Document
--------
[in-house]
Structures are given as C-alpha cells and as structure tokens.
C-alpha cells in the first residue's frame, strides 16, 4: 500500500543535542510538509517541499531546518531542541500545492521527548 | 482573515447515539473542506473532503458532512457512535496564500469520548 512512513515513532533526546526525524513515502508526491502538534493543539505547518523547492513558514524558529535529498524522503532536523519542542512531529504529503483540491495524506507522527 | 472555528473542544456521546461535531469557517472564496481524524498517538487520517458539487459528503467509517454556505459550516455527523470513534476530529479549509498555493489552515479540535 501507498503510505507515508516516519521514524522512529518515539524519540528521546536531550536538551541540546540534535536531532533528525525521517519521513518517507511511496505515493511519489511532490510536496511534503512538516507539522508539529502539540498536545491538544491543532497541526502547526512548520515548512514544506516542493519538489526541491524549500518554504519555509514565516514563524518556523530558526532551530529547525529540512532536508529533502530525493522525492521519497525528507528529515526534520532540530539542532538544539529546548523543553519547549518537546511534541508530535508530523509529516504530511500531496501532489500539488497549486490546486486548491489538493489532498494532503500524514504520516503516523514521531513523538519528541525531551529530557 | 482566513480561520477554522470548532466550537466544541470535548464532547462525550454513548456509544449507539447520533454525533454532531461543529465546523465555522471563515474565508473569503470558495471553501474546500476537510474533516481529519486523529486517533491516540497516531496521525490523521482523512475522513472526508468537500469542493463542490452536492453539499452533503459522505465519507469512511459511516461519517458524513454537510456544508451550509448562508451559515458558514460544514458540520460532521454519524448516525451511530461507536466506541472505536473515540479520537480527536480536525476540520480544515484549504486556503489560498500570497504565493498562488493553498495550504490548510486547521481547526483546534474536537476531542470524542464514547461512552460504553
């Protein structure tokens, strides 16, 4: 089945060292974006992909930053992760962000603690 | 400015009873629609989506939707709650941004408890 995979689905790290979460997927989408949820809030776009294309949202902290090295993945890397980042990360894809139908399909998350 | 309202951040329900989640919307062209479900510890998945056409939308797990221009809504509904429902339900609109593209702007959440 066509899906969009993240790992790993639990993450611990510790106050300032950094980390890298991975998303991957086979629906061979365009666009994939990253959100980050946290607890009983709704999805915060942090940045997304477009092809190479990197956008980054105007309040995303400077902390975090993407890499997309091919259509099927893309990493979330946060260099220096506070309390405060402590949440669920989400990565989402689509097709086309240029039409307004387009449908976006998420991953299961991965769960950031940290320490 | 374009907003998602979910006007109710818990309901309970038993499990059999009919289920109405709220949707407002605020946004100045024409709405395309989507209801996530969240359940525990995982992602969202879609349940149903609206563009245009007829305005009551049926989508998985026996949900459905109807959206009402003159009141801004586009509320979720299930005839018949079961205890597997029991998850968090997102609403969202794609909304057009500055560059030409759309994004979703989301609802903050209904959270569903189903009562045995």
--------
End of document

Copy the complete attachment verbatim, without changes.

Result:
[in-house]
Structures are given as C-alpha cells and as structure tokens.
C-alpha cells in the first residue's frame, strides 16, 4: 500500500543535542510538509517541499531546518531542541500545492521527548 | 482573515447515539473542506473532503458532512457512535496564500469520548 512512513515513532533526546526525524513515502508526491502538534493543539505547518523547492513558514524558529535529498524522503532536523519542542512531529504529503483540491495524506507522527 | 472555528473542544456521546461535531469557517472564496481524524498517538487520517458539487459528503467509517454556505459550516455527523470513534476530529479549509498555493489552515479540535 501507498503510505507515508516516519521514524522512529518515539524519540528521546536531550536538551541540546540534535536531532533528525525521517519521513518517507511511496505515493511519489511532490510536496511534503512538516507539522508539529502539540498536545491538544491543532497541526502547526512548520515548512514544506516542493519538489526541491524549500518554504519555509514565516514563524518556523530558526532551530529547525529540512532536508529533502530525493522525492521519497525528507528529515526534520532540530539542532538544539529546548523543553519547549518537546511534541508530535508530523509529516504530511500531496501532489500539488497549486490546486486548491489538493489532498494532503500524514504520516503516523514521531513523538519528541525531551529530557 | 482566513480561520477554522470548532466550537466544541470535548464532547462525550454513548456509544449507539447520533454525533454532531461543529465546523465555522471563515474565508473569503470558495471553501474546500476537510474533516481529519486523529486517533491516540497516531496521525490523521482523512475522513472526508468537500469542493463542490452536492453539499452533503459522505465519507469512511459511516461519517458524513454537510456544508451550509448562508451559515458558514460544514458540520460532521454519524448516525451511530461507536466506541472505536473515540479520537480527536480536525476540520480544515484549504486556503489560498500570497504565493498562488493553498495550504490548510486547521481547526483546534474536537476531542470524542464514547461512552460504553
């Protein structure tokens, strides 16, 4: 089945060292974006992909930053992760962000603690 | 400015009873629609989506939707709650941004408890 995979689905790290979460997927989408949820809030776009294309949202902290090295993945890397980042990360894809139908399909998350 | 309202951040329900989640919307062209479900510890998945056409939308797990221009809504509904429902339900609109593209702007959440 066509899906969009993240790992790993639990993450611990510790106050300032950094980390890298991975998303991957086979629906061979365009666009994939990253959100980050946290607890009983709704999805915060942090940045997304477009092809190479990197956008980054105007309040995303400077902390975090993407890499997309091919259509099927893309990493979330946060260099220096506070309390405060402590949440669920989400990565989402689509097709086309240029039409307004387009449908976006998420991953299961991965769960950031940290320490 | 374009907003998602979910006007109710818990309901309970038993499990059999009919289920109405709220949707407002605020946004100045024409709405395309989507209801996530969240359940525990995982992602969202879609349940149903609206563009245009007829305005009551049926989508998985026996949900459905109807959206009402003159009141801004586009509320979720299930005839018949079961205890597997029991998850968090997102609403969202794609909304057009500055560059030409759309994004979703989301609802903050209904959270569903189903009562045995």